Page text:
Experts highlight book fair's 'green reading' theme
Taipei, Jan. 31 (CNA)
Gunter Pauli, founder of the Japan-based Zero Emissions Research Initiatives, said at a press conference that he is happy to come to Taipei to do "green reading" for children and adults at the fair Feb. 1-6.
Pauli, who was named one of the ten Outstanding Young Persons of the World in 1983, is the author of a set of fables that cover more than 1,000 scientific subjects for children.
His fables are aimed at helping children and young adults develop their emotional intelligence, eco-literacy and creative capacities while learning science.
"They (people) say children are the future. They're wrong. Children are the present. We are the past," Pauli said.
To change the world, "children need to teach their parents the new things they find out thanks to their creativity and fantasy," he said.
Meanwhile, Markus Wernhard, director of Germany's Geothe Institute in Taipei, introduced a comic project called "Morgenstadt," which gathers comic artists from Germany, Taiwan, Japan, China and South Korea to express their hope and vision for the future through comics.
The one-year project allows comic artists to post comic pieces weekly on a blog with the aim of addressing global issues such as climate change.
"We hope that through this plan, people will know that the cultural community can provide a unique perspective to help raise awareness on the environment," said Wernhard, whose institute co-launched the project with comics group MOGA MOBO in Berlin.
An exhibition of the project will be set up at the fair's main pavilion, titled "green reading."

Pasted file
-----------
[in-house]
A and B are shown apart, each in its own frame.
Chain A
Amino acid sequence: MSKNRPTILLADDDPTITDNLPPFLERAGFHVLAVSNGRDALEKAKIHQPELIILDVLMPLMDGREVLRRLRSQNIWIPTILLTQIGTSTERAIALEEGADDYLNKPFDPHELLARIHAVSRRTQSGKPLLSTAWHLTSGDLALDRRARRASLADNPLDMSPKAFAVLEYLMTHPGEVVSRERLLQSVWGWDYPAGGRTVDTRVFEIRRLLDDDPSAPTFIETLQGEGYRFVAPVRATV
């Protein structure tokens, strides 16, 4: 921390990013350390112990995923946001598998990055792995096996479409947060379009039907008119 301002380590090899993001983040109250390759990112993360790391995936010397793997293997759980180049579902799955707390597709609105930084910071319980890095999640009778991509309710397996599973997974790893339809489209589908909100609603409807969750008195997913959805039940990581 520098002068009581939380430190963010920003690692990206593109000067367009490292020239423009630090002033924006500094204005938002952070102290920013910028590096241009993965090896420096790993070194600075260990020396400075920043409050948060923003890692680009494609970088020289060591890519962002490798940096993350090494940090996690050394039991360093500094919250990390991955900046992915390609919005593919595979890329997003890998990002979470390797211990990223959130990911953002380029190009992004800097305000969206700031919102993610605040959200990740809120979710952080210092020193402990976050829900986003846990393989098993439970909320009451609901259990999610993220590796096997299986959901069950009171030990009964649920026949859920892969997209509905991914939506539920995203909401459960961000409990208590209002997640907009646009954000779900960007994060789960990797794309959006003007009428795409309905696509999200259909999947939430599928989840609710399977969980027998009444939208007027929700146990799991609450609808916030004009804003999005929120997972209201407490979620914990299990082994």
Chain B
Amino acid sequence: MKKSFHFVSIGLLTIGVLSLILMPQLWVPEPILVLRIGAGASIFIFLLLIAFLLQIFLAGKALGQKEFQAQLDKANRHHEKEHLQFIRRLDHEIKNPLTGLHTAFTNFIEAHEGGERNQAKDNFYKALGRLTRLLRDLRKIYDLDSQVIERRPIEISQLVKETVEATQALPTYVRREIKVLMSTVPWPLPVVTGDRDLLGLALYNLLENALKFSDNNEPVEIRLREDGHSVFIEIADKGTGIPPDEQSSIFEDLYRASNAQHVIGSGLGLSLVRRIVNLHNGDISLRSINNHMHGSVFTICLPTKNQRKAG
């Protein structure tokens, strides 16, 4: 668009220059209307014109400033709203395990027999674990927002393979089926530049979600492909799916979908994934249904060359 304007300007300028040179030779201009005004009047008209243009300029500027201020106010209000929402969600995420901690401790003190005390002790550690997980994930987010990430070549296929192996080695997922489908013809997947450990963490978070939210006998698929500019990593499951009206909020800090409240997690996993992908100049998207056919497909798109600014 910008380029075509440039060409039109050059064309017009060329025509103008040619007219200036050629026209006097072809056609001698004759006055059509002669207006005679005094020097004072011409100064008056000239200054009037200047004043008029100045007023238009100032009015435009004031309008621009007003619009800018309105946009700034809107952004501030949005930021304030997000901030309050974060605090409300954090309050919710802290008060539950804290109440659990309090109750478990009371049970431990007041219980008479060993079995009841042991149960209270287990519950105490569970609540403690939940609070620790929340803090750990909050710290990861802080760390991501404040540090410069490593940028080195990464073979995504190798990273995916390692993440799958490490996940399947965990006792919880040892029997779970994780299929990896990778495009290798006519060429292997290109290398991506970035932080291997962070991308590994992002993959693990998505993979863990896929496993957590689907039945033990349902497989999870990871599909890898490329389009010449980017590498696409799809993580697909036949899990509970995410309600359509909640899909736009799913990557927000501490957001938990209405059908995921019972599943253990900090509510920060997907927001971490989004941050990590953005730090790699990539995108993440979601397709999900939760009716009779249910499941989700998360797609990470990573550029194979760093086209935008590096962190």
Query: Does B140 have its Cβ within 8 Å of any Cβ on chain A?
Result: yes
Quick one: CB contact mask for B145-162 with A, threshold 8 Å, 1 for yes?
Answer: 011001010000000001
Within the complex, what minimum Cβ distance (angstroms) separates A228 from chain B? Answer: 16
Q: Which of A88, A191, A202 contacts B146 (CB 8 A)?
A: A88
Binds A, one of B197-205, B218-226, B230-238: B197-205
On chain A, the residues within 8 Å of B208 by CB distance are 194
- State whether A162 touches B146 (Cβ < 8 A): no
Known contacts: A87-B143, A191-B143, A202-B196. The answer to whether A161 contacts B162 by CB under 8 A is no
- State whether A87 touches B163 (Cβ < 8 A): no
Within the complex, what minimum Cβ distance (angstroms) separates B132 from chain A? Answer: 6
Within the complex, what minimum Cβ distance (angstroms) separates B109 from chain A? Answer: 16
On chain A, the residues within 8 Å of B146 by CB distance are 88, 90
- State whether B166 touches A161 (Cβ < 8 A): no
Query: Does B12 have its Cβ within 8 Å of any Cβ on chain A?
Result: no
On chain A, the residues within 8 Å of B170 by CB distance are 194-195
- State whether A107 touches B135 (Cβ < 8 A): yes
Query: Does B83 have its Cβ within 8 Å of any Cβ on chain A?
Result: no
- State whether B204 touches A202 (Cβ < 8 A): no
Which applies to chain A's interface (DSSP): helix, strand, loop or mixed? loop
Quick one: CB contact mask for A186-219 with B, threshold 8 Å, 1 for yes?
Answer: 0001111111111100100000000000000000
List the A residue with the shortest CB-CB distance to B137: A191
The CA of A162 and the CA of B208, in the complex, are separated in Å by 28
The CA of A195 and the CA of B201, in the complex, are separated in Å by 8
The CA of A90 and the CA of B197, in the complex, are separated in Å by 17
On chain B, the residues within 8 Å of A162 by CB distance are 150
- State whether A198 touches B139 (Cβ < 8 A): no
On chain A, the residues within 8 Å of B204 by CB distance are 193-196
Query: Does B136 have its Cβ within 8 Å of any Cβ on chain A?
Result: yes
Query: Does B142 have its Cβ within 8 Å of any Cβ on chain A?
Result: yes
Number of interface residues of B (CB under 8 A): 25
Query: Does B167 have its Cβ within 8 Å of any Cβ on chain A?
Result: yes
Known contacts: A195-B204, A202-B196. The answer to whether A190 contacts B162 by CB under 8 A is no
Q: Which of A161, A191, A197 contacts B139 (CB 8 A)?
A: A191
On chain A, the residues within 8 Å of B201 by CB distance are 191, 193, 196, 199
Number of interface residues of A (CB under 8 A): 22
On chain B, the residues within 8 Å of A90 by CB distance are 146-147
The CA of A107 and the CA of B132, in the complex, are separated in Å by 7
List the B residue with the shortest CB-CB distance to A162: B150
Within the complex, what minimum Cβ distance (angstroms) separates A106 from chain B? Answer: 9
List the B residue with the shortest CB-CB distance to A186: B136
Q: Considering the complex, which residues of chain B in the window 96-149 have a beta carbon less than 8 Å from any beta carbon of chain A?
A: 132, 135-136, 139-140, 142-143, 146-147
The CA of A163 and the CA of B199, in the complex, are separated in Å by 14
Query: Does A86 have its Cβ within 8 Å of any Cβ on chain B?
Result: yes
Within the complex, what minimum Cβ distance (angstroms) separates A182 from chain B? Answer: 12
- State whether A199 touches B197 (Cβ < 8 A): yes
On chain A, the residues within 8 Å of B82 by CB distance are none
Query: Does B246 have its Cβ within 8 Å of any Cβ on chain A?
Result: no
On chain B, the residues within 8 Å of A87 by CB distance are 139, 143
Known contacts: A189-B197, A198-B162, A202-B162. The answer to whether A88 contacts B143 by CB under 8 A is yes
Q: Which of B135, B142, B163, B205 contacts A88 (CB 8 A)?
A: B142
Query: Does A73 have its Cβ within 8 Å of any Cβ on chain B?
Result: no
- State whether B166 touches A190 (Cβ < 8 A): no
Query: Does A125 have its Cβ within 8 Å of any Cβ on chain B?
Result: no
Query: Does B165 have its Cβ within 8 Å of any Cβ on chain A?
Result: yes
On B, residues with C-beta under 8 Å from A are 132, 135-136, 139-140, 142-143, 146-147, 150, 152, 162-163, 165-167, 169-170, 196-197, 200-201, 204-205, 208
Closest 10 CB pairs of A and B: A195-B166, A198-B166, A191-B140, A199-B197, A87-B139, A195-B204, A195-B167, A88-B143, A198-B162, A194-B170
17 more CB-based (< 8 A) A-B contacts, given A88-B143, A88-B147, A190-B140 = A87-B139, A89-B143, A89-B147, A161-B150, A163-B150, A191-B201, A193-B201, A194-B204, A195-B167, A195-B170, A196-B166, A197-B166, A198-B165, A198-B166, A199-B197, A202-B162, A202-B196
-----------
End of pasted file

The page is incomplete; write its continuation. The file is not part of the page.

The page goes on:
Noted Taiwanese literary figure Huang Chun-ming said the aim of "green reading" is to rebuild "the ethics of the environment" and a sense of respect for nature.
He said Taiwan spends too much money on activities such as firework displays and lantern festivals, which "leaves behind little impact and is harmful to the environment." Money should be spent on more meaningful events like book fairs, he suggested.
The 76-year-old writer encouraged adults to tell stories to children instead of forcing knowledge on them.
"We often say do this, do that, but we don't tell them how fun it is," he said.
Another feature of the main pavilion at the fair will be a rare collection of 53 ancient Chinese books and documents from the Ming Dynasty, seven of which are the only copies left in the world.
"It is the first time these ancient documents are being displayed outside the National Central Library (NCL)," said its director-general, Tseng Shu-hsien.
The ancient works reveal the leisure lives of Ming scholars, their taste for literature, emphasis on health and respect for nature, Tseng said.
"This was very close to the contemporary concept of green living," she said.
Tseng said e-readers will also be made available at the fair to allow readers of different ages to enjoy a visual image of the social lives of people during the Ming period.
Other items to be displayed at the pavilion include handmade books and the photography of French artist Claire Xuan, a Torah scroll, the photography of Italian artist Massimo Listri, and various books on green living.
The exhibition will be held at the Taipei World Trade Center Feb. 1-6.
(By Christie Chen)